But such a view underestimates the confidence that Western politicians genuinely felt about the idea that freedom and democracy were on an inevitable upward march, and that dictatorships were obsolete and heading into oblivion.
It is worth recalling that even the Chinese leadership feared such an outcome. Nevertheless, Chinese leaders saw no alternative to further economic opening and globalisation in cooperation with the US and the West in general, in their quest for the modernisation of the country. China integrated itself into the international order dominated by the West, took part in dialogues on human rights and the rule of law, and communicated a zeal for reform to the outside world. At home, however, the leadership did everything in its power to nip any political liberalisation in the bud.
An End to Illusions
The end of these illusions came with the tightening of the surveillance state, the mobilisation of nationalism as a driver of legitimacy for the government, the nurturing of anti-Americanism, the co-opting of new elites by the Party, the digitisation of its dictatorship and the expansion of its propaganda apparatus.
However, the regime's greatest pillar was its incredible economic growth. To put it bluntly, the hunger for consumption and the economic interests of the West proved to be the best allies of the Communist Party. Today, the People's Republic is the second largest economy in the world. And while it is highly networked economically, its internal repression and external self-confidence are constantly reaching new levels.
The conclusion is obvious. It was a mistake to believe that the globalised world would be a more harmonious one. For globalisation does not resolve international conflicts of interest. On the contrary: ‘turbo-charged’ globalisation was only possible because there was no geopolitical fault line in the 1990s and the ‘noughties’; when fault lines reappeared, globalisation went into retreat.
Nor, as a rule, does free trade promote democracy. Increases in prosperity can stabilise dictatorships, while the frustration of those losing out from globalisation patterns creates its own explosive backlashes which can endanger democracies.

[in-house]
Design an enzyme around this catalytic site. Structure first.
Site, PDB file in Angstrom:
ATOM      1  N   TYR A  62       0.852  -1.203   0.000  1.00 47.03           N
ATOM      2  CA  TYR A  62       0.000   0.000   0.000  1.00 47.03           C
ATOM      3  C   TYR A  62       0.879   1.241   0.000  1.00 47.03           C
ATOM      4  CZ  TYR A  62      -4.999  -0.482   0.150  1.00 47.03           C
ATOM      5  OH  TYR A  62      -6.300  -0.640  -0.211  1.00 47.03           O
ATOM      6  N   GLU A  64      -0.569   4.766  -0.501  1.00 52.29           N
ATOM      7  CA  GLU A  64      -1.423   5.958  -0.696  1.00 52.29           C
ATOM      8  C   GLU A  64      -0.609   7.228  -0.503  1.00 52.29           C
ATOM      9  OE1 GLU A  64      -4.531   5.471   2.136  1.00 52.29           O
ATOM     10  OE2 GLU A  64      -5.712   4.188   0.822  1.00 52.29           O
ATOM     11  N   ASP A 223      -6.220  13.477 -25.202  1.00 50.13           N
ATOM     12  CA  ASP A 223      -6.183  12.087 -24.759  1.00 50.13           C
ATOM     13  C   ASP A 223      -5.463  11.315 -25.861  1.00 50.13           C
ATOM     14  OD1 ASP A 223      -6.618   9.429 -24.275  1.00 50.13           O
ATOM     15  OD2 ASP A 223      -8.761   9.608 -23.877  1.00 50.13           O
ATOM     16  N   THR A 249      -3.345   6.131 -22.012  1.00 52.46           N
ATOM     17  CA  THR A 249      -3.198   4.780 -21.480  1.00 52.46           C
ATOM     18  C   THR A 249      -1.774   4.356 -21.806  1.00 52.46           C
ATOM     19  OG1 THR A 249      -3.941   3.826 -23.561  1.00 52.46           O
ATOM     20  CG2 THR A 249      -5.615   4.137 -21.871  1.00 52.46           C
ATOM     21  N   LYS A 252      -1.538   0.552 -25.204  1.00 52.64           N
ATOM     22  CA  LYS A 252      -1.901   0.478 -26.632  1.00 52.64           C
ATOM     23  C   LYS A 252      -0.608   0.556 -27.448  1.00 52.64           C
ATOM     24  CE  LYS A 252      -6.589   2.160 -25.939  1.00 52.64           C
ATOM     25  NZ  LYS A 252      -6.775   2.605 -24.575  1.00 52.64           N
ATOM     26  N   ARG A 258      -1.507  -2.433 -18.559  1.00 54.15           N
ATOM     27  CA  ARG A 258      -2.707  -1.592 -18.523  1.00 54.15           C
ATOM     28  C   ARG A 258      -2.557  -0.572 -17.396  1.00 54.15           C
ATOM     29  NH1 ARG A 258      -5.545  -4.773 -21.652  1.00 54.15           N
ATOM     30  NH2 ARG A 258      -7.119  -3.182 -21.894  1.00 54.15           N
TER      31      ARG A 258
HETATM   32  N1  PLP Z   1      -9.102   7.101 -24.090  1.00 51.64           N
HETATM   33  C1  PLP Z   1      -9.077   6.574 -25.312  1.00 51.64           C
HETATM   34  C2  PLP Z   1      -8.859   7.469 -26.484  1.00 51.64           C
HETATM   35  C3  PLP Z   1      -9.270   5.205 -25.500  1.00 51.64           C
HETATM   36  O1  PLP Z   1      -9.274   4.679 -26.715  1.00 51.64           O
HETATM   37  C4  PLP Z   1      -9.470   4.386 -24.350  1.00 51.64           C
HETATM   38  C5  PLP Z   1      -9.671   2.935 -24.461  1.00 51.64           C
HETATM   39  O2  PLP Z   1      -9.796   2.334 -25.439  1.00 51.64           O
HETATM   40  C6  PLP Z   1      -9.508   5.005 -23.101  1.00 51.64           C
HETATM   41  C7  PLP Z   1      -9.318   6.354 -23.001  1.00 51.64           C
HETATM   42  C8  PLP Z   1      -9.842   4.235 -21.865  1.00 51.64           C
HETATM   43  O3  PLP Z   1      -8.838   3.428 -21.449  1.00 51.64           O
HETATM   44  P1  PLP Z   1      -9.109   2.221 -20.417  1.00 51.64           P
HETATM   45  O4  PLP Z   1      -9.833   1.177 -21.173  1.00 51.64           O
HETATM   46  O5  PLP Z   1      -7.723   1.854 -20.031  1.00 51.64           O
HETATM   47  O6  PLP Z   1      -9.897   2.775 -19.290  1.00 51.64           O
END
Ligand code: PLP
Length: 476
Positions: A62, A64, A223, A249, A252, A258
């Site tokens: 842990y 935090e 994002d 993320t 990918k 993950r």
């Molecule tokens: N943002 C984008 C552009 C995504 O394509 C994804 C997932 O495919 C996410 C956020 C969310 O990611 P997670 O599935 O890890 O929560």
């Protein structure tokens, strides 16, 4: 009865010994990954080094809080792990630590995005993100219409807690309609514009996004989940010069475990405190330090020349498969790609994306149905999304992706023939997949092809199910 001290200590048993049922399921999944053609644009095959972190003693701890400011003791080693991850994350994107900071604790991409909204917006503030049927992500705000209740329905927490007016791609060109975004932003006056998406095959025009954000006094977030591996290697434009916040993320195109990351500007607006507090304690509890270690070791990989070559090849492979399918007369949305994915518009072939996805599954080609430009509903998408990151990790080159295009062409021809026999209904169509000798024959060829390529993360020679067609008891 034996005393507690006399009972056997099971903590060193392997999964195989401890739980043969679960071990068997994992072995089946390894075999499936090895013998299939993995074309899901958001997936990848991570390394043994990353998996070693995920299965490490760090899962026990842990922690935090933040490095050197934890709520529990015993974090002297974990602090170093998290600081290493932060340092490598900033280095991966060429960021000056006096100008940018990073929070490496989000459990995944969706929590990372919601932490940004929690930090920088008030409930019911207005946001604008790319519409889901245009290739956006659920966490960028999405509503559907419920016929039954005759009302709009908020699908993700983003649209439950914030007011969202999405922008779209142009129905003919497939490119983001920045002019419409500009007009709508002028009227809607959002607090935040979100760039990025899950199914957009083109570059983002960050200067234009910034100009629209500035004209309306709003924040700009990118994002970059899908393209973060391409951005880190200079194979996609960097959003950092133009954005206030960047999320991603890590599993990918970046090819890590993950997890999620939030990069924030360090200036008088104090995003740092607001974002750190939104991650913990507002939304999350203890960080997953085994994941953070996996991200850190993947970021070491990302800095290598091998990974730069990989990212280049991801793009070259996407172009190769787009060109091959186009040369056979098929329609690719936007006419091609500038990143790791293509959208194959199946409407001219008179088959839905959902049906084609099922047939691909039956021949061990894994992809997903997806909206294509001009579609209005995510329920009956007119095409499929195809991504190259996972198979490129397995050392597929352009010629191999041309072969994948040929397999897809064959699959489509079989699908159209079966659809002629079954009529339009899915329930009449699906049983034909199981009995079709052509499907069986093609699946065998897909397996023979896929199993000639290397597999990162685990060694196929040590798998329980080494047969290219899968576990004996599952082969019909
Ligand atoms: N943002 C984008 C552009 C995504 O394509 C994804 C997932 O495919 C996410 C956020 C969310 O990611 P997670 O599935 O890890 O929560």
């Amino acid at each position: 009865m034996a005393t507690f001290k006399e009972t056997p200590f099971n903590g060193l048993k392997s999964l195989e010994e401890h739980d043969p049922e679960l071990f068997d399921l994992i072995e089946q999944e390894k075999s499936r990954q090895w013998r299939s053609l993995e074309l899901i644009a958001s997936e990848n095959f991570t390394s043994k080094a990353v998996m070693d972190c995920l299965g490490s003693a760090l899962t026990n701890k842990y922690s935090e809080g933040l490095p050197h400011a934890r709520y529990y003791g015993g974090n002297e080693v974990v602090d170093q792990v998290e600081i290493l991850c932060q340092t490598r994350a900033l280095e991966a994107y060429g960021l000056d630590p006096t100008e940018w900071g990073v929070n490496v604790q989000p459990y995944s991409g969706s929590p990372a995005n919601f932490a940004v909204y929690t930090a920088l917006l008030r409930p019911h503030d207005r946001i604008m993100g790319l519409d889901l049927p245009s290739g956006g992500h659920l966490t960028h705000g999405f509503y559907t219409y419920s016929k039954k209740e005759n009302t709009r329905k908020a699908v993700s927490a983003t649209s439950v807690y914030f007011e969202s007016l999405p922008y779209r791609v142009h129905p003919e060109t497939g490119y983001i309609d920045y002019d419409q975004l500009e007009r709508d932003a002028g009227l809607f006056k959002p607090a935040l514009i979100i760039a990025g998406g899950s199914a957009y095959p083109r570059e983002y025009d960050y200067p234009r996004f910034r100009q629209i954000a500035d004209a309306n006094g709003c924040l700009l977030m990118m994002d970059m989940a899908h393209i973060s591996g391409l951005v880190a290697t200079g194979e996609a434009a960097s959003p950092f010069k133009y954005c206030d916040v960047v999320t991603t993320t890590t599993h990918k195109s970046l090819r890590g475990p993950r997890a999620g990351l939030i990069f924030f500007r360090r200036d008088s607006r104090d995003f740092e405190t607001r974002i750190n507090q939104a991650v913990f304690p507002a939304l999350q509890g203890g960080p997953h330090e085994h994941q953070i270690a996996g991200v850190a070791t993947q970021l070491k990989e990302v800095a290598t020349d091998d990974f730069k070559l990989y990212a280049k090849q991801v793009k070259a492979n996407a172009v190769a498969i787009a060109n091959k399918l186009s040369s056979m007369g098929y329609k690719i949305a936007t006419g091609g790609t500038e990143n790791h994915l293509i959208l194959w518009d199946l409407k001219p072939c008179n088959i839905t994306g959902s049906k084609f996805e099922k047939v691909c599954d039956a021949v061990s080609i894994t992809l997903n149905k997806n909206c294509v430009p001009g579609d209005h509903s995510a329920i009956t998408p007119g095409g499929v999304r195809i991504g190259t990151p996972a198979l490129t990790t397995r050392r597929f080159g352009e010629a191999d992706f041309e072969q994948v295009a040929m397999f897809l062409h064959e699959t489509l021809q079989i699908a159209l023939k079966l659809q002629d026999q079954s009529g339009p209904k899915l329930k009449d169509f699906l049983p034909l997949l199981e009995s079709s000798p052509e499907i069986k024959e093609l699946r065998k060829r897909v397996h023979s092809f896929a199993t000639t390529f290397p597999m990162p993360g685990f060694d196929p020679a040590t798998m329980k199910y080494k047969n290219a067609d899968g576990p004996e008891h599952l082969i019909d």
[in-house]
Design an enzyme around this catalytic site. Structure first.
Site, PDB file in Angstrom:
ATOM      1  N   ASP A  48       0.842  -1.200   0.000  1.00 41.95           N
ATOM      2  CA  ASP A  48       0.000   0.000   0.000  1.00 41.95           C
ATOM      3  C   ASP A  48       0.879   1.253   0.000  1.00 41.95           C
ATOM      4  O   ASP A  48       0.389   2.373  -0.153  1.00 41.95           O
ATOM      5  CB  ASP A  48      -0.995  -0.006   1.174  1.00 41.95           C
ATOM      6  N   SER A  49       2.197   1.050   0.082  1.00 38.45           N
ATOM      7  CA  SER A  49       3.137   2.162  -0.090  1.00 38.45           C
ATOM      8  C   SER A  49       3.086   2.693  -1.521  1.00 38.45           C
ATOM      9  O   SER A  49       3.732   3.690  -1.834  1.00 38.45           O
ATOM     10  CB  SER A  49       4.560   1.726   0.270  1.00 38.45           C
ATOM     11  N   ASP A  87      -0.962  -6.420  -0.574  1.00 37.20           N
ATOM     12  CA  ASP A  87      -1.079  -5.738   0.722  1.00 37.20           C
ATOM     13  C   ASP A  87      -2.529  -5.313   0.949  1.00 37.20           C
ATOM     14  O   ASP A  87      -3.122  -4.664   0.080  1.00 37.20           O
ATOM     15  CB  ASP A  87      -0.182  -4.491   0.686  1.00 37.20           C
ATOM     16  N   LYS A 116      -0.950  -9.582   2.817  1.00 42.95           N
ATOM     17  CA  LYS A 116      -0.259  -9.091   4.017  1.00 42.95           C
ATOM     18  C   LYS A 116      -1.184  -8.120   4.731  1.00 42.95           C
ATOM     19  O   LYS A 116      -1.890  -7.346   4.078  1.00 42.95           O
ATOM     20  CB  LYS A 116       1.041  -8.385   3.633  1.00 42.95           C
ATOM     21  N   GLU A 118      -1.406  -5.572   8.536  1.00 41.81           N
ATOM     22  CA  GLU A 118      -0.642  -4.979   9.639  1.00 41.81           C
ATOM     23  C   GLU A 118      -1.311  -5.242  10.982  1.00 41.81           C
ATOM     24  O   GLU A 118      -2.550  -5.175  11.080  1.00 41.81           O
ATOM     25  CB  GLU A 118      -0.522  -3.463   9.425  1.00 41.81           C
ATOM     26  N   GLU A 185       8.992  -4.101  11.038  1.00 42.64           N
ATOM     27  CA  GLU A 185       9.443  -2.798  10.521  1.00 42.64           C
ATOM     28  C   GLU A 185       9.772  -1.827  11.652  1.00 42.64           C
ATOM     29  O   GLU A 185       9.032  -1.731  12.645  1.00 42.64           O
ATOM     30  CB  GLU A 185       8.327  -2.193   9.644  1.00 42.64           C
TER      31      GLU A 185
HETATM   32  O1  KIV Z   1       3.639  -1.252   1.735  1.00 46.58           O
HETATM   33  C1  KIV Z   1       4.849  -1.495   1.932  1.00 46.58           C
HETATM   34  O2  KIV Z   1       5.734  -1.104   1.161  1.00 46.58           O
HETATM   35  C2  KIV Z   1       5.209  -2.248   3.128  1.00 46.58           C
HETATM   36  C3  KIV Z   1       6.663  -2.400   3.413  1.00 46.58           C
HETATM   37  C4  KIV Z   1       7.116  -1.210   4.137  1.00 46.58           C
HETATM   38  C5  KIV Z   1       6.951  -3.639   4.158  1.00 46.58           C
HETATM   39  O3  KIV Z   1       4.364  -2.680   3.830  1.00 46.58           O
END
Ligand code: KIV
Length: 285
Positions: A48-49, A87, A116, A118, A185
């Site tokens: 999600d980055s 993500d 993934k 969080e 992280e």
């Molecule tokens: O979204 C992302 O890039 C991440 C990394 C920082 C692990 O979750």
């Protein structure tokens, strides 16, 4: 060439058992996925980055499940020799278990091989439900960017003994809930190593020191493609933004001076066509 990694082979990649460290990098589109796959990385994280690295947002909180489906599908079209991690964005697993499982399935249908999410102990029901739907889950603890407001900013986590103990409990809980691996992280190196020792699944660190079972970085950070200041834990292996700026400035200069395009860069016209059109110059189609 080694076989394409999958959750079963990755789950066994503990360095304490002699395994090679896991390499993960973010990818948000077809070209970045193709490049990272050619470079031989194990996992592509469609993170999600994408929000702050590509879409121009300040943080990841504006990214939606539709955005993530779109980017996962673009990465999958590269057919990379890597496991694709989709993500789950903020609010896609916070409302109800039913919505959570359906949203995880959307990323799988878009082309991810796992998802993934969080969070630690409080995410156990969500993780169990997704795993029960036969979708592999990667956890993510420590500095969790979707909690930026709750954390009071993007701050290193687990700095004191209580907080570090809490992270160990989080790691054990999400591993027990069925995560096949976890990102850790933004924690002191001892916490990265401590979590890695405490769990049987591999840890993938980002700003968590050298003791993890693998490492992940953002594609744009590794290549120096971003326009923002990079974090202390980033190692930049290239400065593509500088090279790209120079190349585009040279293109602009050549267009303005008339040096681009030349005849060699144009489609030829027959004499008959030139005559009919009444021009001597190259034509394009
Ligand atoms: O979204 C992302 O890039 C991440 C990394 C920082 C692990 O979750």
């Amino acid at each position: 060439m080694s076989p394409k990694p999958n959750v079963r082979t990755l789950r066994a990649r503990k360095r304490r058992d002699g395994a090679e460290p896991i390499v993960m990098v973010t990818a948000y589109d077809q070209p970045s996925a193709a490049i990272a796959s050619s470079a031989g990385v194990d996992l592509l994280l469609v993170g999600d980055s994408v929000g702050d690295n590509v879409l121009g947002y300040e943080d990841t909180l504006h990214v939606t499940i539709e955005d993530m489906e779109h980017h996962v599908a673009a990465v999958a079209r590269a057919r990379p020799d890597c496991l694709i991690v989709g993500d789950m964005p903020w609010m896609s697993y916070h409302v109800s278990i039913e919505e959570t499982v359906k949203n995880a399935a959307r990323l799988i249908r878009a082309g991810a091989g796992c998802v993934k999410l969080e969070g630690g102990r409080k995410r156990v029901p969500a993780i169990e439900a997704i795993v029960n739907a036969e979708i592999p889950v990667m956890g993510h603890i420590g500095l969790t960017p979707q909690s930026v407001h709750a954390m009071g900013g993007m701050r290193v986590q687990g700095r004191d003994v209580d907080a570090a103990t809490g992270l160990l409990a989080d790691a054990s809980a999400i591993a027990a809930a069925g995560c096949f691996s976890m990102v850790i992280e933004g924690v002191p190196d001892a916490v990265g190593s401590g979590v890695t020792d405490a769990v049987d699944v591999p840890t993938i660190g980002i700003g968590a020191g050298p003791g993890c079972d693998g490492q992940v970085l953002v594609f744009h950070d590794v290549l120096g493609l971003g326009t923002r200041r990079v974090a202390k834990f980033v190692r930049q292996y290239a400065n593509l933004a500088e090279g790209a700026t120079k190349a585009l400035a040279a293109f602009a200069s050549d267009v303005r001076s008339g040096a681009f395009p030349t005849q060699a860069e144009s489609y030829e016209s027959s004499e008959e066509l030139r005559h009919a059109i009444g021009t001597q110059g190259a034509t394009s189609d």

The same applies to the idea of exercising a benevolent influence on other countries through trade. The claim that economic interdependence reduces differences in political interests and systems, strengthens willingness to compromise internationally or turns hostile states into benevolent partners is a proposition which still needs to be tested. For it is just as plausible that today's shared economic gains could still produce tomorrow's strategic rivals.
A core problem with the engagement policy has always been the lack of achievable goals and commitments. If one limits oneself merely to concepts such as ‘maintaining the dialogue’ or ‘not letting the thread of the conversation be torn asunder’, hopes are often trumped by realities.
The pleasant but misleading notion of pursuing a long-term plan can lead to indolence and the selling-out of one's own interests. It has long been clear that the People's Republic is not developing into a market economy, nor is it opening up politically; instead it wants to make the world safe for its own party dictatorship. Even so, until recently, Beijing hardly needed to fear any consequences of its actions, largely because Western leaders still entertained the idea that they were doing something.
Meanwhile, another form of change through trade has long since become a reality: China, with its economic power, is demonstrating an ability to undermine democracies. It demands political compliance; lures countries with loans, investments or infrastructure projects; and punishes trading partners and penalises European parliamentarians and research institutions if they dare criticise Beijing’s policies.
It is clear that a new China policy is needed. But the West's timidity and disagreement to date over defending democratic values and interests is just as much a kowtow to Beijing as the weaving and ducking practiced by Western commercial organisations that do not want to know about human rights violations in places such as Xinjiang.
Beijing is aiming for politically neutral economic cooperation that benefits everyone, without interfering in other countries’ internal affairs. It is to be hoped that the West does not succumb to this illusion. The systemic confrontation with a state capitalist single-party dictatorship cannot be won in this way. And the fairy tale of change through trade really does need to come to an end.
This article is a translated reprint of the author's piece 'Das Märchen vom Wandel durch Handel', first published in Switzerland’s Neue Zürcher Zeitung (NZZ) on 15 June 2021. Translation by RUSI.
The views expressed in this Commentary are the author’s, and do not represent those of RUSI or any other institution.